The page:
Individual coaching techniques are like dance steps that assemble to form a ‘waltz’.

A woman across from me was labeled with ‘Acknowledging.’ This meant she needed to recognize the client’s situation, which would help them feel seen and understood. For example, “It must be hard to prioritize your personal goals when you live with three other people.” 

Each new player swayed cautiously into the limelight, and our chatter, encouragements, and suggestions made up the music they stepped to. 

The man to my right had sloppily written ‘Silences and Pauses’ on his tag. His skill was to not rush into his response and allow silence to fall, so that a client could absorb a powerful thought or feeling. 

Each student’s new skill left a mark on the waltz’s shape. 

My own tag had an acronym: AWGO, or, Articulate What’s Going On. This skill involved repeating what the client had just said… back to them, concisely. We were taught that AWGO often triggers a new thought, perspective, or idea from a client. 

What I didn’t realize would happen simultaneously with learning to be a better coach, is that I would receive skills to be a better human.”

Jonathan Carroll

As in a ballroom, where new steps could be remembered and passed on, we too would recall each skill clearly.

Devotees of the coactive coaching model swear by these teachings. 

I met one such student, Jonathan Carroll, during this Fundamentals class. 

As a long-time coach, Carroll joined the CTI training to hone his skills. Now, he has recently celebrated becoming  fully certified Co-Active coach. 

“What I didn’t realize would happen simultaneously with learning to be a better coach, is that I would receive skills to be a better human,” he says.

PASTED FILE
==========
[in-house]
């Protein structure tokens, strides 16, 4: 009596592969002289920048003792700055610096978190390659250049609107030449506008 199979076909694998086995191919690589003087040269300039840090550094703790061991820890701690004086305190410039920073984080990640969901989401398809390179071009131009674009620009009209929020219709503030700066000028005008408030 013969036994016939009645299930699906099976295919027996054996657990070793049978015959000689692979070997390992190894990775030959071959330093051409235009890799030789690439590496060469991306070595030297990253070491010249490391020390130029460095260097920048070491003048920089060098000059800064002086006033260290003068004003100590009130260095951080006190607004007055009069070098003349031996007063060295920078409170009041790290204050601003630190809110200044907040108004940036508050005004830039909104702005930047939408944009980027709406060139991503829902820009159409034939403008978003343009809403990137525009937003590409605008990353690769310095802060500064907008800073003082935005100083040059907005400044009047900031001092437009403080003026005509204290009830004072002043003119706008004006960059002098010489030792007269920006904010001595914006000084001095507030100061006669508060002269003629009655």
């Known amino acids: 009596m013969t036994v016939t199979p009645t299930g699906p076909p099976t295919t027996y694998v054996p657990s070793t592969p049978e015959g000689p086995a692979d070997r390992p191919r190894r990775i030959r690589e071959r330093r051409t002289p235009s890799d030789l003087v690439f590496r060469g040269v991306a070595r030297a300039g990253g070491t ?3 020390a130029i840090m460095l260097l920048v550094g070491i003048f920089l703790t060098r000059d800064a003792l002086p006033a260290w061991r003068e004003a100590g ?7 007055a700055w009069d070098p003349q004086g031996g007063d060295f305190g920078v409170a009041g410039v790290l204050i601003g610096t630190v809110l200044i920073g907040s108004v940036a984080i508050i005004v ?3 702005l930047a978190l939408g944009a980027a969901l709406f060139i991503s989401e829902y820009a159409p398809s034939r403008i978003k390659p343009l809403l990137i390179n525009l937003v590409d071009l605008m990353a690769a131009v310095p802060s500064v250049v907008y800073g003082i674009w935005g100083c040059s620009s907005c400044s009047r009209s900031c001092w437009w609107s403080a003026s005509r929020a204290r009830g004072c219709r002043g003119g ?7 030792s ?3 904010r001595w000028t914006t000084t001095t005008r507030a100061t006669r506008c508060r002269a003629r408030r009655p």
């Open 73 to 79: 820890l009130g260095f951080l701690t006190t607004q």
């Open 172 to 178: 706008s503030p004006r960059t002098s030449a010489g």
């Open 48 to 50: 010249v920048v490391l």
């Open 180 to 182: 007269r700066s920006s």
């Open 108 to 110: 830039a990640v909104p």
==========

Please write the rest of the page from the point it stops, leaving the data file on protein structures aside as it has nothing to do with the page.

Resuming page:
Jonathan Carroll recently became a certified Co-Active Coach.
Jonathan Carroll recently became a certified Co-Active Coach.

“I am a different person since receiving this training and use what I’ve learned every day, whether with my clients or with others. I feel very lucky to be living my purpose, on purpose!” Carroll’s energy and passion for the coaching discipline are near giddying and certainly contagious. He exemplifies what CTI wishes to instill in its students: finding your purpose and making it a reality. 

The Coaching Premise – CTI Style

Finding your purpose is the kind of question that humans have been wrestling with for centuries. 

We’ve been theorizing about purpose, be it our own, or the purpose of our species, since Plato, who determined that our purpose was to obtain knowledge. 

The coactive model takes a humbler route, suggesting that everyone has a unique purpose. Co-Active coaches utilize a few concepts in order to learn how to discover what their client’s purpose is.

The idea that “people are naturally creative, resourceful, and whole” is a cornerstone of the co-active coaching toolkit. 

  • When someone is creative, they come up with innovative solutions. 
  • When someone is resourceful, they use what’s at their disposal. 
  • When someone is whole, they know that they have everything they need to take on a challenge. 

It’s designed to entice clients. 

As Schneider explains to his Fundamentals students, 

“when I’m working with a client, I’m trying to create a new default mindset that is creative, resourceful, and whole driven. My job is to bypass their saboteur so that they’re accessing their creative, resourceful, and whole side, and living their lives from that place. Which, in-and-of-itself, is incredibly transformative.” 

The Co-Active Coaching “Saboteur”

This saboteur is another concept which coactive coaches use. It’s the doubting voice in your mind, always judging, always criticizing.